One problem, since bed bug infestations are a relatively new occurrance in North America (and Europe too), is that there’s a lot of conflicting advice out there. None of us are entirely sure about how bed bugs will act, or how we should get rid of them. Some folks don’t even agree that we need to get rid of them.
I posted last week about an article an author wrote on the NY Indymedia site about his attempts to live with bedbugs (he intends to live alongside them, and yet avoid being bitten). He’s now posted a second article in the Portland Indymedia site, arguing that:
Therefore I have isolated my bed. I am sleeping ‘tight’, and I just will not let those bed bugs bite. Bed bugs have trouble climbing the side of a metal coffee tin, which some people use around the bottom of their bed posts. I am using the highly polished slipper surface of a stainless steel bowl, since if bed bugs have trouble with a coffee can, I am sure they will have even more trouble walking upside down up the slippery slope of that stainless steel bowl. Inside the stainless steel bowl I have water. I have been considering adding some insecticide, but even water would probably be good enough. You see a soaking wed (sic) bed bug can hardly walk, due to the extra weight of that water, and therefore, since I have greased my metal bed posts with slippery vaseline, it seems unlikely that such an overburdened creature will be able to pull its soaking wet carcass vertically up that greased pole. I have a glue trap consisting of double sided carpet tape further up the pole. I am wrapping my mattress and box spring, trapping bed bugs inside where they will starve to death. I am adding on tropical insect netting, as an extra barrier. I will be putting a six inch barrier of fresh water Diatomaceous Earth around the stainless steel bowls (do not use the salt water variety as it is unsafe, and keep in mind that there is an inhalation risk when spreadin this substance). This substance cuts the shell of crawling insects and causes them to dehydrate and die within 48 hours. The bed bug will also be falling upside off that stainless steel bowl I am sure and landing on that DE a few times I am sure and getting cut up a little more each time. If need be I will pitch a tent, using velcro or duct tape around the zipper each night, since immature bed bugs are small that a pin head and can make it through a zipper.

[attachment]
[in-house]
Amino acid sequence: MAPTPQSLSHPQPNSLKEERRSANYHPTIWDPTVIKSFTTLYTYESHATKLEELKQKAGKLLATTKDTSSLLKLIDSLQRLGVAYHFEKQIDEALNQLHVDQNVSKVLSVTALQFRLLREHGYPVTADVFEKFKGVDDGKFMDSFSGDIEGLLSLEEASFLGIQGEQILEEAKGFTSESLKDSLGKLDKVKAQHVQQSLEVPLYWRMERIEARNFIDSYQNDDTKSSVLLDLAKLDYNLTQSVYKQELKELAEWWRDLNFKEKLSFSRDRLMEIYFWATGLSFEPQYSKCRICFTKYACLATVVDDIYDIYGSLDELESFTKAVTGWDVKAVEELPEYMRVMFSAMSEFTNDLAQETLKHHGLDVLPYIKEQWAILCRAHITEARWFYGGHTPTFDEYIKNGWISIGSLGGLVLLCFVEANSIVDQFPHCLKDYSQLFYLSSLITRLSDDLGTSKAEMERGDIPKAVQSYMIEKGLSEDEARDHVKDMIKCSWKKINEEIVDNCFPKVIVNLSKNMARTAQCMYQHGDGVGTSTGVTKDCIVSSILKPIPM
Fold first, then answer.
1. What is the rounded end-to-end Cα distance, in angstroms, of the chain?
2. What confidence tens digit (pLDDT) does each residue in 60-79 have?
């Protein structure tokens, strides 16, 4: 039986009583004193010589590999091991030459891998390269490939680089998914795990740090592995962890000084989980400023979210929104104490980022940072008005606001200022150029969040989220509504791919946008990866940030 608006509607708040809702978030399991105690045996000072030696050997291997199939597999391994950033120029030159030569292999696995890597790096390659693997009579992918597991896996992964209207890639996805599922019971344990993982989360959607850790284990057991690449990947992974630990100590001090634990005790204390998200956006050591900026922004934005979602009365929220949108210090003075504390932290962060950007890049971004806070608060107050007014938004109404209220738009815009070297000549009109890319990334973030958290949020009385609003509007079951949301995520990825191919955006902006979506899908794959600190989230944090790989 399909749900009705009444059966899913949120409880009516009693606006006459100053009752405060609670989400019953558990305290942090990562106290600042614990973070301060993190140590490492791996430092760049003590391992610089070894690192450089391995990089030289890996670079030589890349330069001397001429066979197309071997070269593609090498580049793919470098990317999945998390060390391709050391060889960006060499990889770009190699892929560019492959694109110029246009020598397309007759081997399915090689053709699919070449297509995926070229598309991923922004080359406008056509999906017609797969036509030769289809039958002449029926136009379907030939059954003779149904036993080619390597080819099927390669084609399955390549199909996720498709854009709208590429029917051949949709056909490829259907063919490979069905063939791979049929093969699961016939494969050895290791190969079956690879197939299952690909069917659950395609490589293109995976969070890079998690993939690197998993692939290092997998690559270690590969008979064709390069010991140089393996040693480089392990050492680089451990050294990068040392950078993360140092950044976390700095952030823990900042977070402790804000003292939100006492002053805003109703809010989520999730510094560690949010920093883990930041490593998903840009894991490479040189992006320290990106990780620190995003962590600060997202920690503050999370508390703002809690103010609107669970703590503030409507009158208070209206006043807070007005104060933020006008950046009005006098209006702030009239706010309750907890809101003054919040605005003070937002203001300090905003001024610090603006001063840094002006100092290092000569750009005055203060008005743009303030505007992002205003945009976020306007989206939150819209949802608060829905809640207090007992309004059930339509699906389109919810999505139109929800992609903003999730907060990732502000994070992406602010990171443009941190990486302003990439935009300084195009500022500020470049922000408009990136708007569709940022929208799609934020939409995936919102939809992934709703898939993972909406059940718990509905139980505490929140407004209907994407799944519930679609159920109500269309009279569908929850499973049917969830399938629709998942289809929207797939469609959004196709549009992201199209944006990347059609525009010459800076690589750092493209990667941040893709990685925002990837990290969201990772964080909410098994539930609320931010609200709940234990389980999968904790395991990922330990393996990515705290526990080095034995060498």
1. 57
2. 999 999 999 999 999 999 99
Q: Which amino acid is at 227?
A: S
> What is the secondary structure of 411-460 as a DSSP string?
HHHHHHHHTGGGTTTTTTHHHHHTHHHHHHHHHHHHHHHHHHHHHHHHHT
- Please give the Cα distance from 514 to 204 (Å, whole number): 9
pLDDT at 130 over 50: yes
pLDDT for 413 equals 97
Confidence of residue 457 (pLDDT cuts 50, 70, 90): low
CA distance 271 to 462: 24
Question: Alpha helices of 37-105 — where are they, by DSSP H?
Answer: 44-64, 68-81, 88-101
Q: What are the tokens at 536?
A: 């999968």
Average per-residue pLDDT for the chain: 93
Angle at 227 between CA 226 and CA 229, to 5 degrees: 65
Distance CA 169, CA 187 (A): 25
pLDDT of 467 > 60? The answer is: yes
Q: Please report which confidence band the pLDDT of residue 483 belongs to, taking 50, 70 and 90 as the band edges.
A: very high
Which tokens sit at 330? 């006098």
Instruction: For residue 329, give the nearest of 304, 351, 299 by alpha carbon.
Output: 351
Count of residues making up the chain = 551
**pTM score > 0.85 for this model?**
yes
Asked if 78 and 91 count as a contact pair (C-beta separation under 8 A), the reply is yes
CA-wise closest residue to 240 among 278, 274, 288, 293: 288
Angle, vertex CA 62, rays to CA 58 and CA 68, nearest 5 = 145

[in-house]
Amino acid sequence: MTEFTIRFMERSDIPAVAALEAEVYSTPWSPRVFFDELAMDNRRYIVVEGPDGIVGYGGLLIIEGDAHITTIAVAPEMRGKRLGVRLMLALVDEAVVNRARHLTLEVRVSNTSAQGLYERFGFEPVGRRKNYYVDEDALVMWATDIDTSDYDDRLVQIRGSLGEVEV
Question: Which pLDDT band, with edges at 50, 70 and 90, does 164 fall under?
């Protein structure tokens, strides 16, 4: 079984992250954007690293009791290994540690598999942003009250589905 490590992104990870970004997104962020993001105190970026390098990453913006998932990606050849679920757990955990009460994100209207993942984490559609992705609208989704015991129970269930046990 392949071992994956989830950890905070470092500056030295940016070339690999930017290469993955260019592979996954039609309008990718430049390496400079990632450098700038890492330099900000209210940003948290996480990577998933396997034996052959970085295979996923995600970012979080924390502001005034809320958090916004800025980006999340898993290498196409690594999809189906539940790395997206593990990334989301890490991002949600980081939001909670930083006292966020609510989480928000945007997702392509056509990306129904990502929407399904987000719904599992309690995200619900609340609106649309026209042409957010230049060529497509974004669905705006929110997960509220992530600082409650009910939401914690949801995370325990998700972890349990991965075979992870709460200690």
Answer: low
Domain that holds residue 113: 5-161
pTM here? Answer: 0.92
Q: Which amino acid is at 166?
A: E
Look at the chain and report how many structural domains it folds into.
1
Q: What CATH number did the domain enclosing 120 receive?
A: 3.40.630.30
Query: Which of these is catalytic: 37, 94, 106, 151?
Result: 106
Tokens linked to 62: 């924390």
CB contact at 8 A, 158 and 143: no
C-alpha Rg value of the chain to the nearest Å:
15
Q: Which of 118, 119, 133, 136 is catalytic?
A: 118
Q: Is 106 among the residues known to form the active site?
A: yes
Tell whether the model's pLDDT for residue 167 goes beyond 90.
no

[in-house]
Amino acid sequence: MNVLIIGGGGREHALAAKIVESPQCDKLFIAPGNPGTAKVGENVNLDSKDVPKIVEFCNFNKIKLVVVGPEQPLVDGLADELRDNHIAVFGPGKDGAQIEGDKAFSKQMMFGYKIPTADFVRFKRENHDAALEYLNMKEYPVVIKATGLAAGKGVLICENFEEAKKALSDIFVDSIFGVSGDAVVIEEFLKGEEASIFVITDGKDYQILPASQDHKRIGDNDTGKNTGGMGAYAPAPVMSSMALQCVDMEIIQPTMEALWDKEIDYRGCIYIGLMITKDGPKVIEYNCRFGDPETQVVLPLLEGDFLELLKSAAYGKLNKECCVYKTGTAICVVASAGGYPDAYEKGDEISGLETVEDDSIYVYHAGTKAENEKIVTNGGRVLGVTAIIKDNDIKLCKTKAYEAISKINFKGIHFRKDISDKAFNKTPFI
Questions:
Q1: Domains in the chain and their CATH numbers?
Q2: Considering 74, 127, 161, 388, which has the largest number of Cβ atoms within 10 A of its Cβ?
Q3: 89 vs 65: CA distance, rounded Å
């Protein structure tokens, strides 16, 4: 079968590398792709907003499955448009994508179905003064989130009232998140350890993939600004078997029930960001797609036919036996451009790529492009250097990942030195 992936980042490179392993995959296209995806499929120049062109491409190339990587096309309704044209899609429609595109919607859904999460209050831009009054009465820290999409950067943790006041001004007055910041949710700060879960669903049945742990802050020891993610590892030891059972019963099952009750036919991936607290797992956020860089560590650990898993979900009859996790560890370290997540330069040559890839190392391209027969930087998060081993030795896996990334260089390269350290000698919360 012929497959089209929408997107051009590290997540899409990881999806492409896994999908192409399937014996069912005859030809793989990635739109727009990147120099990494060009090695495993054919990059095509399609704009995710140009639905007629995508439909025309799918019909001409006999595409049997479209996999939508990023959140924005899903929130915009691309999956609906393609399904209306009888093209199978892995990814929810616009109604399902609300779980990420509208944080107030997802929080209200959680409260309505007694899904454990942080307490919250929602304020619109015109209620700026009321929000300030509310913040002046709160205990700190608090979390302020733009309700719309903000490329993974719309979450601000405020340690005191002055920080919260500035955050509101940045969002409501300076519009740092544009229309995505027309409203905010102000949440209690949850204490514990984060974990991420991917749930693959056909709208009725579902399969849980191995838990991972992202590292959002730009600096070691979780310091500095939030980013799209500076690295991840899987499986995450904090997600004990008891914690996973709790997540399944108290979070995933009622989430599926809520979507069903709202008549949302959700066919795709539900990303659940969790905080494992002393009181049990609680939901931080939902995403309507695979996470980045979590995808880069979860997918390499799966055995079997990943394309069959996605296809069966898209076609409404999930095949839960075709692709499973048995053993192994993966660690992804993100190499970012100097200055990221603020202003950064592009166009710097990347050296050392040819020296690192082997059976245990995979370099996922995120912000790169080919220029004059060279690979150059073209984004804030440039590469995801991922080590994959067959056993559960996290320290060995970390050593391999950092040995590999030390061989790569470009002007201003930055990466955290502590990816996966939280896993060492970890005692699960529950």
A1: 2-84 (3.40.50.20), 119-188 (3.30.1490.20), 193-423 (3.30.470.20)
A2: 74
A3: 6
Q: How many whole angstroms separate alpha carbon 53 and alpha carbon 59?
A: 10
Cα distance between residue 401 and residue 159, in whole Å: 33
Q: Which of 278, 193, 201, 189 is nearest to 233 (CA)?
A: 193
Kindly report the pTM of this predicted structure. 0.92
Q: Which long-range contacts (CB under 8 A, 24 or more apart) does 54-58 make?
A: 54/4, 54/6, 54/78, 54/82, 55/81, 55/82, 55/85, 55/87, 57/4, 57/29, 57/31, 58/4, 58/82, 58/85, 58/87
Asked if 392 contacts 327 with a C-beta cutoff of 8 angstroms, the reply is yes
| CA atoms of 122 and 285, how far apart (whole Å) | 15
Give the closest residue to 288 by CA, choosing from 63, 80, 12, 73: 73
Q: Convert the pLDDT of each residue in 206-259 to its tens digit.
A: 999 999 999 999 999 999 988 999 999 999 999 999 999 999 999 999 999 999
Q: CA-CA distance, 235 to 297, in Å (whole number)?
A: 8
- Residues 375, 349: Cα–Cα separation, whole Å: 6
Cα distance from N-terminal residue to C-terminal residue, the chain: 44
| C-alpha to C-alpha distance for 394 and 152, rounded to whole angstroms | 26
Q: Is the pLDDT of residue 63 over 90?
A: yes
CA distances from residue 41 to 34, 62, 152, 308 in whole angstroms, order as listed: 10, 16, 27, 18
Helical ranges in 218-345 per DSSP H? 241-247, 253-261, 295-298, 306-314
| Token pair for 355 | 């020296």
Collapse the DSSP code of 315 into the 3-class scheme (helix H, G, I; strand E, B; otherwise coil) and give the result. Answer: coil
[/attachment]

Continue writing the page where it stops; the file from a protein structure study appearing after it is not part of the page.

In short I am going to “sleep ‘tight’ and I will not let the bed bugs bite. After all, I am a human and those things are bugs. They know that, which is why I am sure that these bed bugs are real sorry they got caught since now they can’t get away with it anymore. For you see, if someone has bed bugs, that means it is their own fault. Instead of feeling sorry for people who are telling horror stories about bed bugs, a common sense response would be to say to them, ‘you aren’t letting them bite you, are you?’ They do not have a ‘moral responsiblity’ to increase pesticide usage by spraying bed bugs, thus sparing their neighbours the ordeal of possible infection, but rather everyone has a moral responsibility to not allow a bed bug to bite them, because if the allow bed bugs to bite them, they will nest, then breed, and then move on in greater numbers to bite you neighbour, which would be your fault, since you did not sleep ‘tight’, but instead you just let some damned bed bug bite you, which was morally wrong, since now it will be biting someone else.
Respondents to his earlier article suggested that if he does not try and eliminate the bed bugs from his home, beyond a simple ring of DE around his bed legs (remember, he saw a bunch of them running from the bed together–this is not a small infestation), that he will spread them to his neighbors who will, in turn, use pesticides (the thing he is trying to avoid). He seems to miss the point, thinking that the bedbugs won’t bite him if they can’t bite him at night, and that they will simply walk away to the neighbors’.
If you do not have bed bugs now, the best thing to do since their is plague of pesticide resistant bed bugs now sweeping the country, is to prepare in advance by taking such steps as I described above, or other steps as seem sensible to you. In the days ahead, a bed bug will coming by to check out your pad, and when it finds out that it can’t bite you, it will shove off and move next door and bite your neighbout, provided that your neighbour is morally irresponsible, and decides to host and feed a nest of bed bugs, in which case you should not feel sorry for your neighbour or feel guilty for having sent that bed bug next door when it found out it couldn’t bite you, but rather you should give your neighbour shit for doing something so stupid as allowing themselves to be bitten by a bed bug, thus spreading the plague even more, instead of starving that bed bug to death, a solution for which a bed bug has no known resistance, nor could it ever develop such resistance.